If Amazon (NASDAQ:AMZN) should sell its first tablet computer for $249, it will easily become the most successful alternative to Apple's (NASDAQ:AAPL) iPad, according to financial services researcher Piper Jaffray.
Piper Jaffray analyst Gene Munster polled 410 U.S. consumers last week and found that 62 percent of those surveyed said they would pick a 7-inch Amazon tablet that costs $249, compared with 21 percent of consumers who said they would pick a 9.7-inch iPad that costs $599.
"We believe this shows there is a high degree of price sensitivity in the tablet market," Munster wrote Sept. 27 in a research note. "Tablets are mostly supplemental devices (in addition to a computer and a smartphone), so the data makes sense."
Amazon is expected to unveil Kindle Fire in New York City Sept. 28. It's a 7-inch slate based on Google's (NASDAQ:GOOG) Android operating system and built by Quanta, which makes the RIM (NASDAQ:RIMM) BlackBerry PlayBook. Many of the tablet's features have been unearthed by TechCrunch, though the device's cost remains a mystery.
Amazon could sell the Kindle Fire for anywhere between $250 and $400, a bid to properly challenge the iPad, which has sold more than 30 million units at a base price of $499.
However, the industry consensus is that Amazon will be most aggressive in its pricing, hoping to make up the low price point of the hardware with sales of movies, music, storage and other content services.
For his survey, Munster used the $599 price point of the iPad 2's 32GB version instead of the $499 $16GB base model because he said it's an estimated average price of $599.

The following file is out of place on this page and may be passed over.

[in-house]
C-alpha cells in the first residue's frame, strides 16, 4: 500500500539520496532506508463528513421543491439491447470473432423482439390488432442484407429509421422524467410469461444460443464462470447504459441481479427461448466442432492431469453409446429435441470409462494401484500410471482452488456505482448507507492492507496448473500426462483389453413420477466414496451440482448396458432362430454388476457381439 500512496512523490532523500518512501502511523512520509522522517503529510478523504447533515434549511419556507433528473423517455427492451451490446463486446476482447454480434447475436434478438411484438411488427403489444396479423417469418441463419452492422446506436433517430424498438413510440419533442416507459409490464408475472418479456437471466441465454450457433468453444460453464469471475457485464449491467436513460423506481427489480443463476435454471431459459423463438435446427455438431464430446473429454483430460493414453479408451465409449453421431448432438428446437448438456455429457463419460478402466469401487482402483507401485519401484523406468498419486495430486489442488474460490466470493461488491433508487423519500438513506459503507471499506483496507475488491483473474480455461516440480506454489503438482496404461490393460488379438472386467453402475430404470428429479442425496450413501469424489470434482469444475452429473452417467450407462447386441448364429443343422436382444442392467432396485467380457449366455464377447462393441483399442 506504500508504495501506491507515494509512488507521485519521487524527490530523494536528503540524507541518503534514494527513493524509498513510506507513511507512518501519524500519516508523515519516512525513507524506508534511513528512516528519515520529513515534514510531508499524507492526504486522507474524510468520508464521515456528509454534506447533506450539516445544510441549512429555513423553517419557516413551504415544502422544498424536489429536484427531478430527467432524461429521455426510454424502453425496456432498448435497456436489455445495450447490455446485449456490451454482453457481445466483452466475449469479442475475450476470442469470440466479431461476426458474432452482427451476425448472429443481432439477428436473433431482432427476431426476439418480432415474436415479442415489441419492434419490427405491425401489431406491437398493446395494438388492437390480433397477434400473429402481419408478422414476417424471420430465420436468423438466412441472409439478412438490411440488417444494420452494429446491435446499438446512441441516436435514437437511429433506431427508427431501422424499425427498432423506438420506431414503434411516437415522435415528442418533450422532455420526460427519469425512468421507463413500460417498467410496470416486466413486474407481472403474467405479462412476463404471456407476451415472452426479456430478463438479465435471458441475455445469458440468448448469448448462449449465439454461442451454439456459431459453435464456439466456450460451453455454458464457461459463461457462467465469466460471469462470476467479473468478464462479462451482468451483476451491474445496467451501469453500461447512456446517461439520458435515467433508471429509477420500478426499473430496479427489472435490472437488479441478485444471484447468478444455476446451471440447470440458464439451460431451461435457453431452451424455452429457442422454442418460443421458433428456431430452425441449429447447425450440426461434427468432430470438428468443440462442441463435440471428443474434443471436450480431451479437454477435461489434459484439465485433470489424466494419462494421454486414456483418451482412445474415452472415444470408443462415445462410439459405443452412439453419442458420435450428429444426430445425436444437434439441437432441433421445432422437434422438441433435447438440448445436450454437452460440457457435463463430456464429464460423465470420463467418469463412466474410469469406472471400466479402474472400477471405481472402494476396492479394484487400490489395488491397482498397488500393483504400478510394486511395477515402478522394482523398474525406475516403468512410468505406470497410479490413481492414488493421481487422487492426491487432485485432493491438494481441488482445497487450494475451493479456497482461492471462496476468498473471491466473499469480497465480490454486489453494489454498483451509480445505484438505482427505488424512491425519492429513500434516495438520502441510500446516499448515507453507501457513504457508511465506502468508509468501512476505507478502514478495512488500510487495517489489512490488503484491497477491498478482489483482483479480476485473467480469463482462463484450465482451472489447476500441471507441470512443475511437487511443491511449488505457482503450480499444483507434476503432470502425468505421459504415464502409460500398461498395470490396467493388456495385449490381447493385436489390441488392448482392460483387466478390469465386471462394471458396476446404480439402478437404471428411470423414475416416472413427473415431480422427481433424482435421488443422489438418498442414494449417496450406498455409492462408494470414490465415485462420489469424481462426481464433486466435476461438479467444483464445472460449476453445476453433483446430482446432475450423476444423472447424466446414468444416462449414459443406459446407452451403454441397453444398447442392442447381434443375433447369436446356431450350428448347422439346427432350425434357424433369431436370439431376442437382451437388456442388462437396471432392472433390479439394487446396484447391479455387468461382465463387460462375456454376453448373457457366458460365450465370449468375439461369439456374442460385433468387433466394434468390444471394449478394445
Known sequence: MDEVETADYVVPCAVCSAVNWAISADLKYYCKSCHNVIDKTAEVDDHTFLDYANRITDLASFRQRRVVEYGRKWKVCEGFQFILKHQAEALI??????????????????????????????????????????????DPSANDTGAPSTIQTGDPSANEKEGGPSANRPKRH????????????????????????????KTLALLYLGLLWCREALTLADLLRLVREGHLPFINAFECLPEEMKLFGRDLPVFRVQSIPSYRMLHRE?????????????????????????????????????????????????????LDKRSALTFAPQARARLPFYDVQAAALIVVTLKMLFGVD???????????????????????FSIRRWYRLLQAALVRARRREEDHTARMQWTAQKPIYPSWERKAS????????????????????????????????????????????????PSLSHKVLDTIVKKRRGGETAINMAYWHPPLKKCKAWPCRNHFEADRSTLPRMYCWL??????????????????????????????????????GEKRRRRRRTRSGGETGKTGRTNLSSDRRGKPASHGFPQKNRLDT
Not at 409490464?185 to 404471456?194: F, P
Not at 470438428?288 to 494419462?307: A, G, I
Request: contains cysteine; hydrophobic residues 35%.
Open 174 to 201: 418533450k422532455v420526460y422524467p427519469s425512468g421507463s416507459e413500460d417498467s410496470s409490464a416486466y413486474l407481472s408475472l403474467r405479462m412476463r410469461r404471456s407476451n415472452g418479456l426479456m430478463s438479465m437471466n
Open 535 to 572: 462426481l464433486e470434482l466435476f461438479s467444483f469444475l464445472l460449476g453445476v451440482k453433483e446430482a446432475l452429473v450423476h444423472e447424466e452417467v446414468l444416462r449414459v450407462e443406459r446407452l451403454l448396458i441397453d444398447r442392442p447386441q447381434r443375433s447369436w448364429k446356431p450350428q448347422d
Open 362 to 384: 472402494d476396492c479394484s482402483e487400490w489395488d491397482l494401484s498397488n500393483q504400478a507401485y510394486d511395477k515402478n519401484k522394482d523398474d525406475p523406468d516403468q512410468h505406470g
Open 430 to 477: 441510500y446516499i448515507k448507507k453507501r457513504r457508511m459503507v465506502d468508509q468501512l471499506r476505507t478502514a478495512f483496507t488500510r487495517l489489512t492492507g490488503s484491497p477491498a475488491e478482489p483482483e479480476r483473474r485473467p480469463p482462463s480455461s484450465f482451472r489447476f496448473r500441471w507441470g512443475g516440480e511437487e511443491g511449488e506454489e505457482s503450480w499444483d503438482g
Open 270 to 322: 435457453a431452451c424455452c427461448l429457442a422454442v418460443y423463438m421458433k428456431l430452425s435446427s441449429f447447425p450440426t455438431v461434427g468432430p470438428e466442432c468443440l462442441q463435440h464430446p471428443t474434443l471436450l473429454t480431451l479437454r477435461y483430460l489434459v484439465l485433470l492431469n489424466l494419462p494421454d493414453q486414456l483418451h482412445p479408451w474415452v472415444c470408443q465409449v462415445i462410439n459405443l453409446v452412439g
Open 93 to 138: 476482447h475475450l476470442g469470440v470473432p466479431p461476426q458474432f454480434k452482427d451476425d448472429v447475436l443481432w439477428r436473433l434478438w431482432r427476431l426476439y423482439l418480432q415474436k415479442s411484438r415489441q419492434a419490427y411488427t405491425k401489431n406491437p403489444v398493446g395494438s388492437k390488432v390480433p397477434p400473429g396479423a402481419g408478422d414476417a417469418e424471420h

Munster also offered the caveat that his survey comes with the Kindle Fire sight unseen, and he cautioned against putting too much stock in his poll until the public knows more about the device.
That should come tomorrow morning in Manhattan, where Amazon CEO Jeff Bezos will show off the device, which is based on a custom version of Google's (NASDAQ:GOOG) Android operating system.
The Kindle Fire is expected to push users toward Amazon content services, including the Kindle application for books, Amazon Cloud Player for music, Amazon's Instant Video player for movies, and the Android Appstore for mobile applications. Munster noted that respondents' uses for tablets included Web browsing, reading, movies and games.
"If Amazon can do these four things at the $249 price point, we believe there will be strong interest in the tablet," Munster added.
To that end, Munster said he expects Amazon to sell 2.5 million Kindle Fire tablets and an additional 3.5 million Kindle e-reader devices in the December quarter. The company's Kindle brand will account for $5.4 billion, or 8 percent, of Amazon's total revenue.